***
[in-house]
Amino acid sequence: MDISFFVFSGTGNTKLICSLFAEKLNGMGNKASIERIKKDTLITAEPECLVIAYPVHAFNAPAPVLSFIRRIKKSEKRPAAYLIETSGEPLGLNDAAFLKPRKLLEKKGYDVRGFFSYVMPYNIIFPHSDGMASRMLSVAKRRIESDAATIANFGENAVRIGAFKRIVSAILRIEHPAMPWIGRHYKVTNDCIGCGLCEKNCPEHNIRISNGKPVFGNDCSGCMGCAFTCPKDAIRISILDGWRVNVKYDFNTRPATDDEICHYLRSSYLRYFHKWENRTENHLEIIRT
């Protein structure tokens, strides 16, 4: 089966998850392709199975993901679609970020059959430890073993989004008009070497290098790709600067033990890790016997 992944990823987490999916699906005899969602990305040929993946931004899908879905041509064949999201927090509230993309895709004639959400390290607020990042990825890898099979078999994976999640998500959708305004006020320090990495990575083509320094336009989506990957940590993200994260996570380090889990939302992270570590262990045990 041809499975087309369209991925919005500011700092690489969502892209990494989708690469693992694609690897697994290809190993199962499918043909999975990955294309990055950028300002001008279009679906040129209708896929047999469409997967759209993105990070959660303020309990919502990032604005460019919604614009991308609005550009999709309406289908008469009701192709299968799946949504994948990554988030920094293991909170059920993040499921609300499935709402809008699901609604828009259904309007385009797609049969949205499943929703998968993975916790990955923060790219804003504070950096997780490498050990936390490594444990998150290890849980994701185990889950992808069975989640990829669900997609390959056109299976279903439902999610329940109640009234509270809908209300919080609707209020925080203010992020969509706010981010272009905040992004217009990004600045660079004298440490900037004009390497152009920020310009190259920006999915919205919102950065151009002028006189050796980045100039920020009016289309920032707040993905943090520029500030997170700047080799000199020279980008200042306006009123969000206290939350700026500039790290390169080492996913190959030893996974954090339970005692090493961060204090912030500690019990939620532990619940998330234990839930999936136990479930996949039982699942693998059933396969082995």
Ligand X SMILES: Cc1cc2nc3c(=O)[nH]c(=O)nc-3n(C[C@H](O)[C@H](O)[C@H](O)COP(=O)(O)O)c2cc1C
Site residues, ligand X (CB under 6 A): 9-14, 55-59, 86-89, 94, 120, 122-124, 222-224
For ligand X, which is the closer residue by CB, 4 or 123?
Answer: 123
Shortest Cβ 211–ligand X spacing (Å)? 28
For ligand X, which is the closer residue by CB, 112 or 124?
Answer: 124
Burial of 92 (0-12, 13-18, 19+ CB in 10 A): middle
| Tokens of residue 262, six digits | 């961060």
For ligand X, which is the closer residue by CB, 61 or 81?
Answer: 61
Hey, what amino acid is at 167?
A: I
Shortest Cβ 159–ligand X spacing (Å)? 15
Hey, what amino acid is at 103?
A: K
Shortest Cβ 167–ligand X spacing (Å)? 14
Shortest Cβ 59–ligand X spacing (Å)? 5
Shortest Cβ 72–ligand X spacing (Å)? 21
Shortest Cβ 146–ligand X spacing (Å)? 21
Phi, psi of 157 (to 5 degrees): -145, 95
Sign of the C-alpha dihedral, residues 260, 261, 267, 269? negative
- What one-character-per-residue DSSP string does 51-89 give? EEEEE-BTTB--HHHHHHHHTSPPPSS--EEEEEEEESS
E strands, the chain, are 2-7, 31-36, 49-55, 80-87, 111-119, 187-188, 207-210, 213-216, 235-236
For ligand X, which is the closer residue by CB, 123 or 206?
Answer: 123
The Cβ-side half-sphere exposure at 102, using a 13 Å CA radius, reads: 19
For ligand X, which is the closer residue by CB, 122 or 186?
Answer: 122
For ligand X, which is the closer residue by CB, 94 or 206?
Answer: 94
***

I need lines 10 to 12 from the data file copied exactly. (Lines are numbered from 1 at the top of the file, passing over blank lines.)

Answer: 124
Burial of 92 (0-12, 13-18, 19+ CB in 10 A): middle
| Tokens of residue 262, six digits | 């961060």